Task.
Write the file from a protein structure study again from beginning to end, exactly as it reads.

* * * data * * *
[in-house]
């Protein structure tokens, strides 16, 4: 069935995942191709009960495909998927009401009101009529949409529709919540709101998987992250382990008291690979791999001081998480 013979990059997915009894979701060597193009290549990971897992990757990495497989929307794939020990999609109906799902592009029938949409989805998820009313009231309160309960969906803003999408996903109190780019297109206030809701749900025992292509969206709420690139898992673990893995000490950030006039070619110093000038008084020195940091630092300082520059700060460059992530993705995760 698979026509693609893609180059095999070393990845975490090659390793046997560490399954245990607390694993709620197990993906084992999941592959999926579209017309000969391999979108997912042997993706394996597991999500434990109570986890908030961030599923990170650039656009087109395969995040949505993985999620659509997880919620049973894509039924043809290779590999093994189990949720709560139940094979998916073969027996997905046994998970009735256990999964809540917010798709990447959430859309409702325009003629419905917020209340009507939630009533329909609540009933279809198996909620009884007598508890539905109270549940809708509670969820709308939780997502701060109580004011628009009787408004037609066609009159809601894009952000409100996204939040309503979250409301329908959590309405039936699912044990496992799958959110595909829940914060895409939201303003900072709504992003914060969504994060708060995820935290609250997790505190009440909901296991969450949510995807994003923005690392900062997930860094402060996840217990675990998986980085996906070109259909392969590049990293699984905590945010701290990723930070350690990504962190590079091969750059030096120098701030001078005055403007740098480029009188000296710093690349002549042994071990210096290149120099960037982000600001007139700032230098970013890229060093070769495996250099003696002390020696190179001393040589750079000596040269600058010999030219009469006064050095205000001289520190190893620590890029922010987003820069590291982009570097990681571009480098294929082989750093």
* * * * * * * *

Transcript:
[in-house]
């Protein structure tokens, strides 16, 4: 069935995942191709009960495909998927009401009101009529949409529709919540709101998987992250382990008291690979791999001081998480 013979990059997915009894979701060597193009290549990971897992990757990495497989929307794939020990999609109906799902592009029938949409989805998820009313009231309160309960969906803003999408996903109190780019297109206030809701749900025992292509969206709420690139898992673990893995000490950030006039070619110093000038008084020195940091630092300082520059700060460059992530993705995760 698979026509693609893609180059095999070393990845975490090659390793046997560490399954245990607390694993709620197990993906084992999941592959999926579209017309000969391999979108997912042997993706394996597991999500434990109570986890908030961030599923990170650039656009087109395969995040949505993985999620659509997880919620049973894509039924043809290779590999093994189990949720709560139940094979998916073969027996997905046994998970009735256990999964809540917010798709990447959430859309409702325009003629419905917020209340009507939630009533329909609540009933279809198996909620009884007598508890539905109270549940809708509670969820709308939780997502701060109580004011628009009787408004037609066609009159809601894009952000409100996204939040309503979250409301329908959590309405039936699912044990496992799958959110595909829940914060895409939201303003900072709504992003914060969504994060708060995820935290609250997790505190009440909901296991969450949510995807994003923005690392900062997930860094402060996840217990675990998986980085996906070109259909392969590049990293699984905590945010701290990723930070350690990504962190590079091969750059030096120098701030001078005055403007740098480029009188000296710093690349002549042994071990210096290149120099960037982000600001007139700032230098970013890229060093070769495996250099003696002390020696190179001393040589750079000596040269600058010999030219009469006064050095205000001289520190190893620590890029922010987003820069590291982009570097990681571009480098294929082989750093």